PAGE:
Michigan releases 2019 solid waste report: 8.5% increase in state trash disposal

This is the biggest year-to-year increase in Michigan waste generation in past decade

The Arbor Hills Landfill in Northville, Mich. (WDIV)

The Michigan Department of Environment, Great Lakes and Energy (EGLE) has released its 2019 fiscal year solid waste report.

  • There was a 6.2 percent overall increase in solid waste disposed of in Michigan landfills compared to the same period in 2018.
  • Waste disposed of by Michigan residents and businesses increased by about 8.5 percent, the largest spike we’ve seen in the past decade (see Table 1 below).
  • Waste imported from other states and Canada decreased by about 1 percent.

Waste generated in Michigan increased from 39,932,328 cubic yards in the previous reporting period (fiscal year 2018) to 43,324,503 cubic yards in 2019, an increase of about 8.5 percent. That’s the largest such increase year-to-year in the past 10 years.

Meanwhile, total imports of waste into Michigan landfills decreased from the previous reporting period from 12,512,887 cubic yards to 12,380,141 cubic yards, a decrease of about 1.1 percent in fiscal year 2019.

Imported waste represents about 22 percent of all waste disposed of in Michigan landfills, according to this 2019 report. The largest source of waste imported into Michigan was still Canada, contributing 17.1 percent of waste disposed of in Michigan.

Twelve states imported waste into Michigan in 2019. Of those, Ohio contributed the largest amount of waste from an individual state that was imported to Michigan.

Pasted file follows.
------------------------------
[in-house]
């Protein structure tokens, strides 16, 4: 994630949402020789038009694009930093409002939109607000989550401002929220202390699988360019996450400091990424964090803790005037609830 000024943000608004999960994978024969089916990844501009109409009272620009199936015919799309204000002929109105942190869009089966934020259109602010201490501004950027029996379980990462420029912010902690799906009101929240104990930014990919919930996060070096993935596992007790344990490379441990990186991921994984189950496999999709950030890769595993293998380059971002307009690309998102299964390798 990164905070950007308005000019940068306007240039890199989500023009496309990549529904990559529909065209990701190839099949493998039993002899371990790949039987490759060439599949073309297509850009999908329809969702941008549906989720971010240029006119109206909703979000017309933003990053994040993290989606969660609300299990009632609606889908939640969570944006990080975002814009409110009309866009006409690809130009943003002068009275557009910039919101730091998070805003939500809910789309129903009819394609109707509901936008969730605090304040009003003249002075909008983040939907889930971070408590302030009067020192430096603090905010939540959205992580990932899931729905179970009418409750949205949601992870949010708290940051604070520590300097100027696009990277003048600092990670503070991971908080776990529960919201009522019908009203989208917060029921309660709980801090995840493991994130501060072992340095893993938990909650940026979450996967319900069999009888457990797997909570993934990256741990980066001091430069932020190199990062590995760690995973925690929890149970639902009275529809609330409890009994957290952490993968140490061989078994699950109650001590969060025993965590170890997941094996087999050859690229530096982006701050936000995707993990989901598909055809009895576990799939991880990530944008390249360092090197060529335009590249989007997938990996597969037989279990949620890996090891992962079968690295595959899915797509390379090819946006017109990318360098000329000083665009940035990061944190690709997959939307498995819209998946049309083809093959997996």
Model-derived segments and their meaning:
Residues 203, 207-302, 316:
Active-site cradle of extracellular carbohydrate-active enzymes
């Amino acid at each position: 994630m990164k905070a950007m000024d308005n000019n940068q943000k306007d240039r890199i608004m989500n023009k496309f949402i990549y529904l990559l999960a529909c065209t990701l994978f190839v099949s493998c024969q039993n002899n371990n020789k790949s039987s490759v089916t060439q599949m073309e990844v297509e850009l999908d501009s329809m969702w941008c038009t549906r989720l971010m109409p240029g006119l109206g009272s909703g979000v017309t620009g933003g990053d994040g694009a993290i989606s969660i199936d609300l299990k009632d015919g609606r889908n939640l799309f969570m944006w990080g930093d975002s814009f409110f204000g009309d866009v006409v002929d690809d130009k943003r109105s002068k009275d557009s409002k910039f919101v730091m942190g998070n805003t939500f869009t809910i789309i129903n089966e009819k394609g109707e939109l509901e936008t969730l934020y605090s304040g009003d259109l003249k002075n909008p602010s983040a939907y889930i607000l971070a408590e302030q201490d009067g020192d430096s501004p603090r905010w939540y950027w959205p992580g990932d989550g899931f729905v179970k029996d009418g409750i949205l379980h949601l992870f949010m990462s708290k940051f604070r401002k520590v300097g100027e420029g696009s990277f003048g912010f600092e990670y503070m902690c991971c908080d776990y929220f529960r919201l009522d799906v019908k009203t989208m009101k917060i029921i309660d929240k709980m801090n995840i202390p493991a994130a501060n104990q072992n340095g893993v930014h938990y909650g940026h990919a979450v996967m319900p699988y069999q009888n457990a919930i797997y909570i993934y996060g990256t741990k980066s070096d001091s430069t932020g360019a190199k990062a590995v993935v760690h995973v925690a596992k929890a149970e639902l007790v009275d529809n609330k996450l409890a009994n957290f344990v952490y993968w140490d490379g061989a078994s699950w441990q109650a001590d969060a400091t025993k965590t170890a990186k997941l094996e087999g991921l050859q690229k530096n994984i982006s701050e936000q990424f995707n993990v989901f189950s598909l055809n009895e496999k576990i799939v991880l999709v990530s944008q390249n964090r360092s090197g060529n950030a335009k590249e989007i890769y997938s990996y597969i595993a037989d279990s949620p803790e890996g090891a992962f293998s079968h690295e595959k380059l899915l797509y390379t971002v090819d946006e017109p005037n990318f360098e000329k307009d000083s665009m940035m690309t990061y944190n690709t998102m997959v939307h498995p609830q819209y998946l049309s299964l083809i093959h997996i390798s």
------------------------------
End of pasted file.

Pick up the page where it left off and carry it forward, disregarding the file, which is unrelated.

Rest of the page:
All 66 Michigan landfills are required to submit information on disposal to EGLE, which then compiles this information into an annual report for the Michigan Legislature.

You can view the full “Report Of Solid Waste Landfilled In Michigan -- October 1, 2018 - September 30, 2019” right here.

2019 Report Of Solid Waste Landfilled In Michigan (EGLE)


Recycling dos and don’ts

If this has you wondering about recycling, we took a closer look at how it works last year:

Recycling has gotten easier. We no longer need to sort all that paper, plastic, glass and metal. Most communities offer one big cart for all of your recyclables. The sorting happens at a facility, such as the Recycling Authority in Southfield, where they process 300 tons of material every day.

Many people throw everything into their recycling bin and hope for the best.

But that one-cart system has a downside known as wishful recycling. We wish that everything was recyclable, so we toss it into the bin and hope for the best. That contamination costs time and money that has forced some communities to abandon recycling altogether.

What you should put in the recycle bin:

  • All metal cans, tins, and aluminum foil
  • Empty aerosol cans
  • Rinsed glass bottles and jars (Lids and labels are okay)
  • Rinsed plastic bottles and containers
  • Newspapers, catalogs and magazines, junk mail, household paper.
  • Cardboard boxes

What you should NOT put in the recycle bin:

  • Styrofoam (packing material or egg cartons)
  • Plastic bags (grocery, dry cleaning, or trash bags)
  • Wire or plastic hangers
  • Garden hose
  • Any container with food stains or grease (such as a pizza box)
  • Batteries

Before you toss something into the recycle bin, take a few seconds to consider if it belongs there. It’s way better to be part of the solution than part of the problem.